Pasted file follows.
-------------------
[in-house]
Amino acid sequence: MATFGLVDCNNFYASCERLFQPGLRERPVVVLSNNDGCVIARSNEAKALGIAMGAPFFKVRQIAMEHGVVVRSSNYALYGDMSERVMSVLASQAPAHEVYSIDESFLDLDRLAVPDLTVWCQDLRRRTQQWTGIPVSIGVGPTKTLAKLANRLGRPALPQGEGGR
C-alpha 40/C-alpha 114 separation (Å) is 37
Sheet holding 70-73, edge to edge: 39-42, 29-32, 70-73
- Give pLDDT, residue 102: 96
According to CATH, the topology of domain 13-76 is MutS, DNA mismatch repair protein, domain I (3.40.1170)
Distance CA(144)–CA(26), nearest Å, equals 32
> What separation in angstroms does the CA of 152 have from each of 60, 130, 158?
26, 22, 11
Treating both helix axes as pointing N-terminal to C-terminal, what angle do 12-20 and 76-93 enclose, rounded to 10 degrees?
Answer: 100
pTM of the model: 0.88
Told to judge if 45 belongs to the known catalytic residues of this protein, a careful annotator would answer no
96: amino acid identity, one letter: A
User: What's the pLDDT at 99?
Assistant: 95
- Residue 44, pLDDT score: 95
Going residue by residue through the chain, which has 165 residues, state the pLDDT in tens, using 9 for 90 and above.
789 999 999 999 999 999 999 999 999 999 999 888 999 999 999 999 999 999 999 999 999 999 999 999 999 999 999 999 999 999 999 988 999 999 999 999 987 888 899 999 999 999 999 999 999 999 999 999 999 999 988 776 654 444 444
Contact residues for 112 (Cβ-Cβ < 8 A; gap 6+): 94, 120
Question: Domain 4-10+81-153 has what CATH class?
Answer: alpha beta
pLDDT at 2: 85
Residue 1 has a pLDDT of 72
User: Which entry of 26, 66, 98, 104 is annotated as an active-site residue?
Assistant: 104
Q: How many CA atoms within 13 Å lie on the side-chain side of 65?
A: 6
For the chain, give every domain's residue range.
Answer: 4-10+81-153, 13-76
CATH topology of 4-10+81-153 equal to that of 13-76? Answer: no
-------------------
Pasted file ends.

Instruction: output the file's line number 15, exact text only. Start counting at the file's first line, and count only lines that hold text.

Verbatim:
User: What's the pLDDT at 99?